Montreal Remembers Leonard Cohen
About two years ago, when the Musie d’art contemporain de Montreal approached native son Leonard Cohen about a collaborative exhibit, the famed singer, songwriter and poet took two days to decide. He finally said yes, but added that he wouldn’t be attending. It was his most salient prediction. He died Nov. 7, 2016.
But I did attend. I flew to Montreal from the United States for the city’s celebration of Cohen and the opening of the museum’s homage, all of which happened on the anniversary of his death. I arrived too late for the tribute concert – with such luminaries as Sting, Elvis Costello, k.d. lang, Feist, Philip Glass and many more celebrating his songs — but it was easy to see the affection the city had for Cohen as there were two immense portraits of the singer looming over the commercial area and his old neighborhood painted on the outside walls of buildings. The one in the shopping area was at least 10 stories tall.
The museum’s comprehensive celebration included many disciplines, including sound, video and modern dance. Indeed, the exhibit called “Leonard Cohen: A Crack in Everything” was an absolute maze with every stop including a sensory-deprivation room and animation from Israeli director Ari Folman, whose award-winning animated feature, “Waltz With Bashir,” was designed to make one both observe and listen.
I caught up with Folman, who told me he loved Montreal because “It’s so calm, peaceful and cultural.” He was surprised when the museum contacted him about contributing but glad they did.
“I just adore the guy,” he said. “The way Leonard Cohen had invented himself so many times from the beginning was incredible.”
To fully appreciate Cohen, I decided to take a walking tour of his neighborhoods and haunts. However, to do that I needed to find an appropriate cicerone, and that person turned out to be licensed guide Darren Shore.
Since Cohen was Jewish and grew up in Montreal at a time when the Jewish community was extremely vibrant with budding entrepreneurs (the Bronfmans of Seagrams liquors), writers (Mordecai Richler), actors (William Shatner) and songwriters like Cohen, I decided to begin my quest by having lunch at Schwartz’s Deli on St. Laurent Boulevard, which has been around since 1928 and is now 50 percent owned by singer Celine Dion, also from Quebec.
When Shore showed up, however, he guided me across the street to The Main and said this was Cohen’s preferred deli, where he enjoyed not only the smoked meat (pastrami in the United States) but also the baby-back ribs. The waitress even showed me his favorite booth.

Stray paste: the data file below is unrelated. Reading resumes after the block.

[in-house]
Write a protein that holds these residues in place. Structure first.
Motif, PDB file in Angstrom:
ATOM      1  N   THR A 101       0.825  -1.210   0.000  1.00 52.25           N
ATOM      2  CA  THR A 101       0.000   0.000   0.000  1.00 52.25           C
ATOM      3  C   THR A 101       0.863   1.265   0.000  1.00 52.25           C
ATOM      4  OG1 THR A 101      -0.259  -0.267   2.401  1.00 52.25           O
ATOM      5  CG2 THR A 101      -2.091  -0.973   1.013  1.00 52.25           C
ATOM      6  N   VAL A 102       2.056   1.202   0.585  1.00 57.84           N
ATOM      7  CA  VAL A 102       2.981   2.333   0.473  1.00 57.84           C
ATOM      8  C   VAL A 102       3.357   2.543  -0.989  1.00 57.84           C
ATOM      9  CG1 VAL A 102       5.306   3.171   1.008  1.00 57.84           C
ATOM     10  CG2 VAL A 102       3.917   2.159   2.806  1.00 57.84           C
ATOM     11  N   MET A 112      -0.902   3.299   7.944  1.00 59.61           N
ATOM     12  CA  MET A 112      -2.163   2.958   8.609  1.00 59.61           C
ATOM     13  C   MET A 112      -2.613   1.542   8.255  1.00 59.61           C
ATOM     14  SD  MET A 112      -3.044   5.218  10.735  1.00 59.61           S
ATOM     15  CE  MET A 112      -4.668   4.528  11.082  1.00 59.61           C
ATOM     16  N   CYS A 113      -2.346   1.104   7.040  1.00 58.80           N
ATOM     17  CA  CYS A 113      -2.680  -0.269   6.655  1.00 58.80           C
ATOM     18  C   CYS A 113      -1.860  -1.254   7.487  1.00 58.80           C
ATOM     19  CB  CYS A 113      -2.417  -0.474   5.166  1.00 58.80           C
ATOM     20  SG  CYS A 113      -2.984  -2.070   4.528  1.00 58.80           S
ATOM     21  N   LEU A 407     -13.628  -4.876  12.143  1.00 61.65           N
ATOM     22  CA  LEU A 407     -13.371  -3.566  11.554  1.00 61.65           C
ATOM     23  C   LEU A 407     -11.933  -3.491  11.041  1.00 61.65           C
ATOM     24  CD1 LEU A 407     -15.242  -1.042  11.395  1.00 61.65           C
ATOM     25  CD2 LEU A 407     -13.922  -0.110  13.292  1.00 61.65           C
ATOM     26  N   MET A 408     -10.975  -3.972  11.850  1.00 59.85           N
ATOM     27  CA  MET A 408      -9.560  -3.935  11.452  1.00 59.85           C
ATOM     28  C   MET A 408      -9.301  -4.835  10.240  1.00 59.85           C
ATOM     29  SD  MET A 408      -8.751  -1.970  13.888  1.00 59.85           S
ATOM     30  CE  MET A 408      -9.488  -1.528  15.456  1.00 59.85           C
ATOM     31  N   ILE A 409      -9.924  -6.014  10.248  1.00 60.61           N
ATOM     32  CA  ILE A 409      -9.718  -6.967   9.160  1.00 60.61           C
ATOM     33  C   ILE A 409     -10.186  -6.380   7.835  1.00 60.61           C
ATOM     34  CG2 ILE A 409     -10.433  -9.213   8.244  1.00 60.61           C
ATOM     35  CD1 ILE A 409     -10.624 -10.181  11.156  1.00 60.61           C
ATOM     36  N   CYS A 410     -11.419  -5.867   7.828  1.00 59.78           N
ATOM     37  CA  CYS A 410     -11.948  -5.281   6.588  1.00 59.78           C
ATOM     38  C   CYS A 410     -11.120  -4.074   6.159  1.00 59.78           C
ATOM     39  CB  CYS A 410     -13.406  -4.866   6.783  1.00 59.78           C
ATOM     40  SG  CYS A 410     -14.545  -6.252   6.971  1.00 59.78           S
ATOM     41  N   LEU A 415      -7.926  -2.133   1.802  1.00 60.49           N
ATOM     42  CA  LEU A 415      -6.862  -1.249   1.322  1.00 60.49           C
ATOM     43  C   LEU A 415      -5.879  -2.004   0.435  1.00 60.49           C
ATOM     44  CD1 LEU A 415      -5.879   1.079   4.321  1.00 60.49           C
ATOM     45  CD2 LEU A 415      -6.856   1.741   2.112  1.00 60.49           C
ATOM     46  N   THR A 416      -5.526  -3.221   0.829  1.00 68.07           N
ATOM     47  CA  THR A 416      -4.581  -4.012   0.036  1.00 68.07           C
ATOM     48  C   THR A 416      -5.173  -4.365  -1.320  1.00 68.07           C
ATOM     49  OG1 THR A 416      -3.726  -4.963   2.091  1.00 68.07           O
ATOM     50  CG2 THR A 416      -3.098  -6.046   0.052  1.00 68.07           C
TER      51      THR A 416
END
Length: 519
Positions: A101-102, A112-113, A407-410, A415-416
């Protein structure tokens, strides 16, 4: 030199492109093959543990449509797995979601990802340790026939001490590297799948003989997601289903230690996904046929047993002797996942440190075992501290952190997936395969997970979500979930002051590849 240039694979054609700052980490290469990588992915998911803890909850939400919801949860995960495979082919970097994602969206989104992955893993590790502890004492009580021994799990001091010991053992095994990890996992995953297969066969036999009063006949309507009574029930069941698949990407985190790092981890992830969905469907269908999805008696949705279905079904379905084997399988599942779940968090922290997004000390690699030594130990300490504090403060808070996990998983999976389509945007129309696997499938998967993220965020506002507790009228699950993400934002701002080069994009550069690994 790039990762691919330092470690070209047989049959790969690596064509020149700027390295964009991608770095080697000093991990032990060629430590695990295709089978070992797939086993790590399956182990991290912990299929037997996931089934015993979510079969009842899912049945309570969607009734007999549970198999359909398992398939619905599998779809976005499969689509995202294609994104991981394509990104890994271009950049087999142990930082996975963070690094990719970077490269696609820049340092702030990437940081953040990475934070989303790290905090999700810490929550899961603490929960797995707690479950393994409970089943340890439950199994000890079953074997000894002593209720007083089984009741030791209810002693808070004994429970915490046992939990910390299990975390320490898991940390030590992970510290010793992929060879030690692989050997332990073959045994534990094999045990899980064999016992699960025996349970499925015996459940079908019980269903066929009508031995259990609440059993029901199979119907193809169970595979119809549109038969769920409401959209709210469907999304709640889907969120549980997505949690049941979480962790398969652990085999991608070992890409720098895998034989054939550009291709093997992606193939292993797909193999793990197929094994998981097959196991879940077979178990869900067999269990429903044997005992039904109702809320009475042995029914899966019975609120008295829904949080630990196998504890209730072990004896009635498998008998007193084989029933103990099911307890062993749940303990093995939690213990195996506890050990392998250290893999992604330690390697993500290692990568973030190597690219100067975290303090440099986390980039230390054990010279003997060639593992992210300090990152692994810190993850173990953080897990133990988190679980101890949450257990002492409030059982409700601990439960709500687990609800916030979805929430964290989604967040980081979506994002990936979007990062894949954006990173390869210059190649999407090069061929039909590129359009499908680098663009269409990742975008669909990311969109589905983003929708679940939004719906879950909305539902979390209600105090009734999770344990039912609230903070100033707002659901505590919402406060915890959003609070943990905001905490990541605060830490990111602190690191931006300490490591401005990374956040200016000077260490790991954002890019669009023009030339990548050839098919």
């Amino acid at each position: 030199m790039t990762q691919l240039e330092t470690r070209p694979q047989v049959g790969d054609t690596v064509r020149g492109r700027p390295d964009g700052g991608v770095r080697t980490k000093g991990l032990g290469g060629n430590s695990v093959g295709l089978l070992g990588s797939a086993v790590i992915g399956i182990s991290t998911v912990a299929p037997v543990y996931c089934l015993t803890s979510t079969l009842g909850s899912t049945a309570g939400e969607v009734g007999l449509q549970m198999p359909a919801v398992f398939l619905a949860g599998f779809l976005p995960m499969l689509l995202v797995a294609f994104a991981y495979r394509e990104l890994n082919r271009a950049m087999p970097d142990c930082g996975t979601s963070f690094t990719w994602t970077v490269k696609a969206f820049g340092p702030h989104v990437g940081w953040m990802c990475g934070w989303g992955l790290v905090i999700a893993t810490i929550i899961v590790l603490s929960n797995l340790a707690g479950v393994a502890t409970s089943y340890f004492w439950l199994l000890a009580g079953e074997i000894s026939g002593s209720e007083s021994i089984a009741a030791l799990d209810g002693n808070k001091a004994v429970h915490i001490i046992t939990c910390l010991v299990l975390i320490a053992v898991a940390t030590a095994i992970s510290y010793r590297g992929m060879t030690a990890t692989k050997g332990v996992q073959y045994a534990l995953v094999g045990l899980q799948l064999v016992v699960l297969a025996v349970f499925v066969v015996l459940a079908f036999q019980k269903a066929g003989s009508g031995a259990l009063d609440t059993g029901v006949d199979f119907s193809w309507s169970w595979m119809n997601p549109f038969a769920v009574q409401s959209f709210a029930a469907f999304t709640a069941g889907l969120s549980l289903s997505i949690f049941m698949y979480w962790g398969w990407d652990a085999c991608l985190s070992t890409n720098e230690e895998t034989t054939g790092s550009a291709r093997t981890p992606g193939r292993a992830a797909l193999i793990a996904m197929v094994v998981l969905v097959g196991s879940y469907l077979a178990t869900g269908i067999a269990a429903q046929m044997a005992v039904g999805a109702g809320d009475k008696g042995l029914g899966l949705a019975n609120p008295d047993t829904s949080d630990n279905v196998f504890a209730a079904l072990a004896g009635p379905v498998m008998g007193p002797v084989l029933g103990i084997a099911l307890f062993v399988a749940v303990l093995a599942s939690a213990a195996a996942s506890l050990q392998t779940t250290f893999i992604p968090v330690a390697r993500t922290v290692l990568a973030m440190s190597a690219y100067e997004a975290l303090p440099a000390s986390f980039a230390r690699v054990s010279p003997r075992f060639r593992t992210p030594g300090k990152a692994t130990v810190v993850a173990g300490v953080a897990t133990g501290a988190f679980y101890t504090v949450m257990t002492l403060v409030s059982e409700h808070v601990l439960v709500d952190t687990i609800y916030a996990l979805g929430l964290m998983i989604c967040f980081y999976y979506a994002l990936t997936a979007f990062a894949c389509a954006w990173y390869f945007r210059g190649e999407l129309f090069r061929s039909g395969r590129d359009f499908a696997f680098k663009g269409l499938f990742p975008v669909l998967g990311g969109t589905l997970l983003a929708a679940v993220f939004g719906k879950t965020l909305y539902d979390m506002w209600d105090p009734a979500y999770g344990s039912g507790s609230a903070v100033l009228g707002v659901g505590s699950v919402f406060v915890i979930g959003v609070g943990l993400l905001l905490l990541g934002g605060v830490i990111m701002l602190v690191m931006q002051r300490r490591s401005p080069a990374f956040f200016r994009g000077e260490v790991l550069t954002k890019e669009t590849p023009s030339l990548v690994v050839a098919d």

Cohen’s house was a very plebian abode in a Portuguese neighborhood at 28 Rue Valliers across a narrow road from Portuguese Park, a neighborhood enclave. Cohen’s son still lives in the home, and on the anniversary of his father’s death candles and flowers appeared on his doorstep.
Cohen’s life in his native city was tied up in Montreal’s old Jewish neighborhoods, now called Mile-End. Shore pointed out numerous points of interest, including the Shubert Baths, built in 1929 when the surrounding apartments were all cold-water flats, and erotic stores that were once Yiddish theaters.
Most interesting stops were the Baron Bing High School, which Mordecai Richler and William Shatner attended and which is now a community center, and Wilensky’s, a sandwich shop first opened in 1932 that not only was a Cohen hangout but is also immortalized by Richler in “The Apprenticeship of Duddy Kravitz.” A scene in the movie was shot there, as well.
At this point on our quest the locations were all east of Mount Royal Park. On the border of the park, in Outremont, where the wealthy French-speaking citizens of the city lived, we headed to the Jewish Cemetery of Mount Royal. Not far inside the gates is a tombstone busy with flowers, books and all sorts of dedications – Cohen’s gravesite. He was buried at his bequest next to the resting places of his parents and grandparents.
Next we traveled over the top of the park to Westmount, where the wealthy English-speaking Montreal inhabitants once lived. Cohen grew up here in the house at 599 Belmont St. It’s also possible to visit the synagogue Shaar Hashomayim, which the Cohen family attended, and Westmount High School, where Leonard graduated.
For years at a time Cohen lived elsewhere in the world, but he always came back to his hometown. He once said he was suspicious of anyone who didn’t like Montreal. My sentiments exactly!
WHEN YOU GO
- My excellent guide was Darren Shore at [email protected]
- The Museum of Jewish Montreal also runs tours.
- Musee d’art contemporain de Montreal. The Cohen exhibit closes April 9, 2018.
- Cultural eateries
Watch this video of Leonard Cohen singing Hallelujah in remembrance of this legend.
Steve Bergsman is a freelance writer. To read features by other Creators Syndicate writers and cartoonists, visit the Creators Syndicate website at www.creators.com.
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